Internal Medicine

Roseola infantum

Roseola infantum or exanthem subitum or Sixth disease is a common childhood exanthematous illness caused by primary infection primarily by human herpesvirus (HHV)-6 and less commonly by HHV-7 and echovirus 16.

Common childhood exanthematous illness caused primarily by human herpesvirus (HHV)-6 and less commonly by HHV-7 and echovirus 16.

  • Also known as exanthema subitum or Sixth disease
  • Responsible for 10-45% of febrile illness in infants


The syndrome known as roseola infantum was reported as early as 1809 by Robert Willan in his textbook “On cutaneous diseases”. This clinical entity is also commonly referred to as exanthem subitum and early published descriptions of the disease still hold true. It is an illness that affects children by the age of three and is marked by the abrupt development of high fever lasting 3-5 days. The hallmark maculopapular rash appears as the fever subsides, and there may be few, if any, associated symptoms. Despite knowledge of this common disease of infancy, the etiologic agent was not identified until 1988 by Yaminishi and colleagues. They demonstrated both the presence of circulating virus in peripheral blood mononuclear cells (PBMCs) during acute roseola and subsequent seroconversion during convalescence in four infants in Japan. It was nearly a decade later before our understanding of the full clinical spectrum of HHV-6 primary infection was expanded past roseola.


  • Human herpesvirus 6 (HHV)-6 (M/C)
  • Less commonly,
    • HHV-7
    • Echovirus 16
An electron micrograph of HHV-6 also includes a labelled insert of the mature virus particle. The HHV-6 is a double stranded DNA virus of the herpes family. The virus particles shown here have matured and are then released from the lymphocyte which has been infected. The “owl’s eye” appearance of the virus particles is characteristic of the herpes family. The HHV-6, or the human herpes virus-6, was thought to infect b-cells and was at one time called HBLV, human b-lymphotropic virus. It is now known to infect t-cells and is the cause of the childhood rash “roseola” and some cases of mononucleosis. | Topics/Categories Cells or Tissue, Abnormal Cells or Tissue Type Color, Photo Source Laboratory Of Tumor Cell Biology

HHV6 replicates most commonly in the leukocytes and the salivary glands during the primary infection and will, therefore, be present in saliva. High levels of metalloproteinase 9 and tissue inhibitor of metalloproteinases 1 in the serum of infants infected with HHV-6 can lead to blood-brain barrier dysfunction which in return can aid in causing febrile seizures.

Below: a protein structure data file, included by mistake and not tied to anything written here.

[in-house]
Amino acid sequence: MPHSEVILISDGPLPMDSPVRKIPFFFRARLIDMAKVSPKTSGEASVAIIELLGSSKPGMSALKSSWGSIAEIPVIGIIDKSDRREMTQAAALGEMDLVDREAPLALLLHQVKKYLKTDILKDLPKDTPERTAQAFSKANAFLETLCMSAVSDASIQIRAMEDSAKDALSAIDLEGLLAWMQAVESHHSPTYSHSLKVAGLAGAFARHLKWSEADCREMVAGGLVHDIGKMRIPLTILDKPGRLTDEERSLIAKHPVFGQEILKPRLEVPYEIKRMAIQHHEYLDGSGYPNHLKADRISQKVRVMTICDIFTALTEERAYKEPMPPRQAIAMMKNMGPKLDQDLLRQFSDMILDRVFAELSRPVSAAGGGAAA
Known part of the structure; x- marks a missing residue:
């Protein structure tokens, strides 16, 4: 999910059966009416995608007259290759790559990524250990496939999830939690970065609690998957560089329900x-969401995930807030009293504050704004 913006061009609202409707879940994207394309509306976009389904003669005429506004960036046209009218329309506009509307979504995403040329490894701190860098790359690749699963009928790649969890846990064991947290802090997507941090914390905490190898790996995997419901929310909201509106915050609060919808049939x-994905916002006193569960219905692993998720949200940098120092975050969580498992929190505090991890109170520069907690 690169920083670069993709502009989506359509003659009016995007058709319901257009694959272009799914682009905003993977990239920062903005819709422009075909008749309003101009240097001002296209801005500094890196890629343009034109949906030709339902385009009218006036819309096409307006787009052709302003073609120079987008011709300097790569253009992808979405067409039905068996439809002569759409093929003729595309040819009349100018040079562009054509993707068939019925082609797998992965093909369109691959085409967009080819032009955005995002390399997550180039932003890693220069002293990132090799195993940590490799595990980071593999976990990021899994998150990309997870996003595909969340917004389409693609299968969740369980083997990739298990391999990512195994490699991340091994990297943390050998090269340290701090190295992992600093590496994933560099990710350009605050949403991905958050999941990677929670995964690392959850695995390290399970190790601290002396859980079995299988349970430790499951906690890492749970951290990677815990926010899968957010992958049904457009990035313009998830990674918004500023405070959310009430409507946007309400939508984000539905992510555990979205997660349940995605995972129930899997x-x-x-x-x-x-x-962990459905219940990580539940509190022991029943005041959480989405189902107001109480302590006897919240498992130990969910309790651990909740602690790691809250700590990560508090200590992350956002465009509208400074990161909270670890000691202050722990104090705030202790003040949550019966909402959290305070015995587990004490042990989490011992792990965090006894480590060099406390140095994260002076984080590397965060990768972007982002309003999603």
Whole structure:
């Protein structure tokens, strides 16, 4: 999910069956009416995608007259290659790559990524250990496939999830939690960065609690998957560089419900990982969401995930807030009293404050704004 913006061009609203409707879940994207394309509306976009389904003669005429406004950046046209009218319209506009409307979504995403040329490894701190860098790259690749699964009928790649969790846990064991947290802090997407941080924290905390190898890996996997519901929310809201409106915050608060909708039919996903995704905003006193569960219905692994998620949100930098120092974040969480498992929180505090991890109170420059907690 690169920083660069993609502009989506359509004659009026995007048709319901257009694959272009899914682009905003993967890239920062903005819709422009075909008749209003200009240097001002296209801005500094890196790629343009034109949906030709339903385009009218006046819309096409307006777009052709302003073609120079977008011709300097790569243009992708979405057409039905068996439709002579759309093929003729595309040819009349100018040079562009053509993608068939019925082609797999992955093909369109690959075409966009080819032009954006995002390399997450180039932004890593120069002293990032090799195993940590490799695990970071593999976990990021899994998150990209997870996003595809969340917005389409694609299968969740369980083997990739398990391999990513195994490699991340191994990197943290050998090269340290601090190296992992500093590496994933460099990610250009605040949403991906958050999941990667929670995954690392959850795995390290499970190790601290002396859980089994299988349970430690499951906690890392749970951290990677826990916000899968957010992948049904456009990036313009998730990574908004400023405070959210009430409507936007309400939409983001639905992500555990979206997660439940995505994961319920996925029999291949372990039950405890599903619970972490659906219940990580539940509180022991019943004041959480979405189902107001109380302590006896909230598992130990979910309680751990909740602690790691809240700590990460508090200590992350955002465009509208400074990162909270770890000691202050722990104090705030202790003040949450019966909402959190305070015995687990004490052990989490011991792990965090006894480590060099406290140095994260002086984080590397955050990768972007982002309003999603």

HHV-6 remains latent in lymphocytes and monocytes after an acute primary infection with the salivary glands and brain tissue harboring persistent HHV-6 infection.

Clinical features

Presents in children 6-12 months with 90% of cases occurring in children younger than 2 years


Mild upper respiratory signs
  • Rhinorrhea
  • Pharyngeal inflammation
  • Conjunctival redness
  • Mild cervical or occipital lymphadenopathy
  • Palpebral oedema (sometimes)

Febrile phase:

  • Acute onset of high-grade fever (up to 40°C/104°F) for 3-5 days
  • Nagayama spots (uvulopalatoglossal spots) (⅔ cases): Erythematous papules found on soft palate and uvula
  • Associated febrile seizures (15% cases): Due to the high fever and the ability of the virus to cross the blood-brain barrier

Hallmark maculopapular rash

Rapid defervescence of fever with accompanying nonpruritic, pink papular rash that begins on the trunk within 12-24 hr
  • Discrete erythematous and maculopapular
  • Spread: Trunk → Face, neck and proximal extremities
  • The rash is nonpruritic, rarely becomes confluent and fades in 3-4 days.
Roseola on a 21-month-old girl | M Davis – Public Domain,


  • Myocarditis
  • Rhabdomyolysis
  • Thrombocytopenia
  • Guillain-Barre syndrome
  • Hepatitis/fulminant hepatic failure



HHV-6 Antibody Titer in 0-36 Month Old Children and Acquisition of Primary Infection. | N Engl J Med, Hall CB et al., Human Herpesvirus-6 Infection in Children: A Prospective Study of Complication and Reactivation. 331: 432-8. Copyright (1994) Massachusetts Medical Society. Reprinted with permission.

Differential diagnosis:

The name “fifth disease” comes from its place on the standard list of rash-causing childhood diseases:
  1. Measles (first)
  2. Scarlet fever (second)
  3. Rubella (third)
  4. Dukes’ disease (fourth, but is no longer widely accepted as distinct)
  5. Erythema infectiosum (fifth)
  6. Roseola (sixth)
Classic Exanthems and Viral Rashes | Approach to the Pediatric Patient with a Rash | Clinical Gate. Retrieved February 05, 2021, from


Roseola infantum is a clinically diagnosed, self-limited illness that can be treated symptomatically.

Symptomatic management

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